In this short clip, I talk about keeping the negative labels you carry from defining you.
Recently I had to make a phone call that broke my heart. It’s a phone call that I hope I never have to make again. A few years ago a couple came to me for marriage counseling. They had been struggling with issues for years but hadn’t talked to anyone about them. We met several times and made a little bit of progress but no breakthroughs. They couldn’t meet in the middle. Counseling kind of petered out and they eventually moved to a different state.
As life goes we lost track of each other until I received a letter from a lady I’ve never met. She told me she was the guardian ad litem for this couple. They’re getting a divorce. It’s getting messy. Accusations are flying back and forth. And worst of all, there are kids involved. The relationship had deteriorated to such a point that the government had to step in to help decide where the kids went.
That’s where my phone call came in. The guardian ad litem received permission from both parties to talk to me and get my take on the situation. It was a depressing phone call to say the least. I believed and still believe that it was a marriage that could have been saved. The greatest casualties are the children, pawns with no say in the matter.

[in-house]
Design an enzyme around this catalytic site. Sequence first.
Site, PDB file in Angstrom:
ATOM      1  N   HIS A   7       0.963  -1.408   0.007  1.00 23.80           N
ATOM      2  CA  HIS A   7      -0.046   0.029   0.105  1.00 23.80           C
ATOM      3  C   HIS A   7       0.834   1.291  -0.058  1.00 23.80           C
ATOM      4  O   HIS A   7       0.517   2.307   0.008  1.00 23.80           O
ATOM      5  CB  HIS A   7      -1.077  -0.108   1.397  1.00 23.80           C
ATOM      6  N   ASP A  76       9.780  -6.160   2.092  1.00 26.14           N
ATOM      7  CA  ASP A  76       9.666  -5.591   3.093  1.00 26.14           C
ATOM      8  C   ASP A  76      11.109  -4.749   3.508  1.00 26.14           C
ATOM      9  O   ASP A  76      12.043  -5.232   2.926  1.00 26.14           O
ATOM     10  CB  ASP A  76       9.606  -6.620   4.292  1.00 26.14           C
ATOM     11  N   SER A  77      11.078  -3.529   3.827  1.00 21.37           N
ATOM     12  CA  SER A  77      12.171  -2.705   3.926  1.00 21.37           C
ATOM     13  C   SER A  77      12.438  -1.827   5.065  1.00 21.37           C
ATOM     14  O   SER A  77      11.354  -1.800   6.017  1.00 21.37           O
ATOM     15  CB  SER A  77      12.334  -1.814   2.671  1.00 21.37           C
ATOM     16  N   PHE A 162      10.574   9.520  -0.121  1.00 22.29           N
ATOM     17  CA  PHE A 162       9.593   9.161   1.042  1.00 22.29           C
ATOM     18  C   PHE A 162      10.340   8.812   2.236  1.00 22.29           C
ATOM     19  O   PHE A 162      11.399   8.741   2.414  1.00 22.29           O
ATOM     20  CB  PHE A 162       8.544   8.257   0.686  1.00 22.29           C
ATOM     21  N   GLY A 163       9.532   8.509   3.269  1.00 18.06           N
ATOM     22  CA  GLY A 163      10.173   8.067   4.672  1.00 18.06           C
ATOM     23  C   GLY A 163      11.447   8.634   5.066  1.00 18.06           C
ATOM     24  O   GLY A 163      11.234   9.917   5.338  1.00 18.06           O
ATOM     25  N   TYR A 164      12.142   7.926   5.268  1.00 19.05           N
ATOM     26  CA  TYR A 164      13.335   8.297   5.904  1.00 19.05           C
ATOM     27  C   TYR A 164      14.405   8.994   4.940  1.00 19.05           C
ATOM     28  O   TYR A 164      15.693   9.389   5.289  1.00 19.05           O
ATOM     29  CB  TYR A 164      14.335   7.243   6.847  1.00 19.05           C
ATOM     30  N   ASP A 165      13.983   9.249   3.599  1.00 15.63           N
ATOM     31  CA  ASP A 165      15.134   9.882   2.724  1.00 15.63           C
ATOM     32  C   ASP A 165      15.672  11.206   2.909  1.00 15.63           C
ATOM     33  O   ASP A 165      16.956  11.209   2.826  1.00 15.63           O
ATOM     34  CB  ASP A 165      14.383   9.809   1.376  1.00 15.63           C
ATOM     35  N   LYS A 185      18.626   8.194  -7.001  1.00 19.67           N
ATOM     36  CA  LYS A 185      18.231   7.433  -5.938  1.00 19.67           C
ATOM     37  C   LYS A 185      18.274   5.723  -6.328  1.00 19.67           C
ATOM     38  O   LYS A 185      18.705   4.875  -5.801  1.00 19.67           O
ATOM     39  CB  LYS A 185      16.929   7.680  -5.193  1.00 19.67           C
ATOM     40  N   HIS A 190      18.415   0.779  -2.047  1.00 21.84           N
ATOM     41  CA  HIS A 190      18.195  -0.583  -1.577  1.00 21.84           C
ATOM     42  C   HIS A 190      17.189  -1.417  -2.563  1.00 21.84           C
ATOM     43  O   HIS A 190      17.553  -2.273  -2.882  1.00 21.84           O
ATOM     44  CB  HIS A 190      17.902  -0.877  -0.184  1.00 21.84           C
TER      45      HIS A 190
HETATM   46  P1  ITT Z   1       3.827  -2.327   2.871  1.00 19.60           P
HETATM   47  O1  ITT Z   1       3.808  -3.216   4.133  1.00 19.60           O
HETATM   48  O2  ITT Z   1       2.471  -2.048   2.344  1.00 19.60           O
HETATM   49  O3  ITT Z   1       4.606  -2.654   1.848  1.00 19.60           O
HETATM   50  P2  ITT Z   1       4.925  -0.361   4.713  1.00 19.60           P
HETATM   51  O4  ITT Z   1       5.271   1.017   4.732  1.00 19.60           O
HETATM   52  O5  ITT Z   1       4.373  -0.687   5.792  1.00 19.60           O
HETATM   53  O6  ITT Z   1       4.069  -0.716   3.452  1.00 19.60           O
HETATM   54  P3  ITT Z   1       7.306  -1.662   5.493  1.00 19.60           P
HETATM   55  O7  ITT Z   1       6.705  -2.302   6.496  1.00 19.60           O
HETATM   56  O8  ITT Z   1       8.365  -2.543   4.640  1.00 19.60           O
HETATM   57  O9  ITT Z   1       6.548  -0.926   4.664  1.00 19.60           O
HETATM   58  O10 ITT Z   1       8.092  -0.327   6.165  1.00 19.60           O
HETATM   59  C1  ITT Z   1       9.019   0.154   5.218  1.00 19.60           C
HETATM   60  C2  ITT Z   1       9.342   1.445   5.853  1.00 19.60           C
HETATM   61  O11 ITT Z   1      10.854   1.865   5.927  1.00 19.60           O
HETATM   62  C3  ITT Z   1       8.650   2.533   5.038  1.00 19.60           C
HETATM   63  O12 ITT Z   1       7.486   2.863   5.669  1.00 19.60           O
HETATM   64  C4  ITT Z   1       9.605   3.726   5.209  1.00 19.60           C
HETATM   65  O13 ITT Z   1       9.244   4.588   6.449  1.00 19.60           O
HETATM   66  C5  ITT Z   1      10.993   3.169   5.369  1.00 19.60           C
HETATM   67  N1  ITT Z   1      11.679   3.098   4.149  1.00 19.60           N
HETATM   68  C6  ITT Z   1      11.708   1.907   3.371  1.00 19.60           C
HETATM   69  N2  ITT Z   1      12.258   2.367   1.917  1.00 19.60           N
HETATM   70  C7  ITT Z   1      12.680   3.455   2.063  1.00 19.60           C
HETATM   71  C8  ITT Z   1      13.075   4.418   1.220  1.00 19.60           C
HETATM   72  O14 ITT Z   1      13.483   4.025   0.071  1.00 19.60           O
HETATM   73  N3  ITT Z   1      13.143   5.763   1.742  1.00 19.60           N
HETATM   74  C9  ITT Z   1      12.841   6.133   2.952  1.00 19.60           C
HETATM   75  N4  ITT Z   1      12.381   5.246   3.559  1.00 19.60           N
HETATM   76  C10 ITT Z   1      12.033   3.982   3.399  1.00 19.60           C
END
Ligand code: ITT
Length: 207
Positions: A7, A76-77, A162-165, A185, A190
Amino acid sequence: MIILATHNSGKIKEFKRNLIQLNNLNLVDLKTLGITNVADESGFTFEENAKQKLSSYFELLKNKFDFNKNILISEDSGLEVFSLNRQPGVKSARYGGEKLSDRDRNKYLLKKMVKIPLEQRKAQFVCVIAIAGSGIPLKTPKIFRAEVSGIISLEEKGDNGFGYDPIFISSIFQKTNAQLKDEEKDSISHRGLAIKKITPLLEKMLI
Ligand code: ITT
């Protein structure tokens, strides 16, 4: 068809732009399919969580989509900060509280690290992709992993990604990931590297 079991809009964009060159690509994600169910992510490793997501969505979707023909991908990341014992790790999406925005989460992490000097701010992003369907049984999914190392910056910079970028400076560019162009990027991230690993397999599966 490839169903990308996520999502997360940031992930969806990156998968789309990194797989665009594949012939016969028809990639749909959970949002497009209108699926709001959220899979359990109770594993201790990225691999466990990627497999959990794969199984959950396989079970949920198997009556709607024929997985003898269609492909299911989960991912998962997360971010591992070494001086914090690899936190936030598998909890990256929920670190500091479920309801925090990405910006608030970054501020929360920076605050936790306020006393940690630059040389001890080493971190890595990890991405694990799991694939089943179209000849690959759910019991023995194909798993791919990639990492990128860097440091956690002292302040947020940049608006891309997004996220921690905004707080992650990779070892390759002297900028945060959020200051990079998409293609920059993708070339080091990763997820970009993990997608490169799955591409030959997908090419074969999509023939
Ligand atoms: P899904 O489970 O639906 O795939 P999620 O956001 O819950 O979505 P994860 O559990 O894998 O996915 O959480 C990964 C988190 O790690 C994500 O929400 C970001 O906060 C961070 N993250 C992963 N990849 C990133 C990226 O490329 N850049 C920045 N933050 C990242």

I hope I never have to make a phone call like that again. If your marriage needs help, get help. Don’t stick your kids in the middle. Don’t make the government decide where they go. Talk to someone this week.
If you look in your high school yearbook, you’ll discover that it’s divided by labels. All the seniors are together, then the juniors, then the sophomores. Then you have the football team, the baseball team, the band, the mathletes, the puppet club. Everyone had a label in high school. You might have been the athlete, the cheerleader, the nerd, the party animal, the class clown, the JROTC fanatic, or the miscellaneous kid. We all wore a label in high school. Some of us even got a super label, a superlative: most likely to succeed, most beautiful, most athletic, most likely to be arrested, most likely to still be living in your parent’s basement when you’re 40.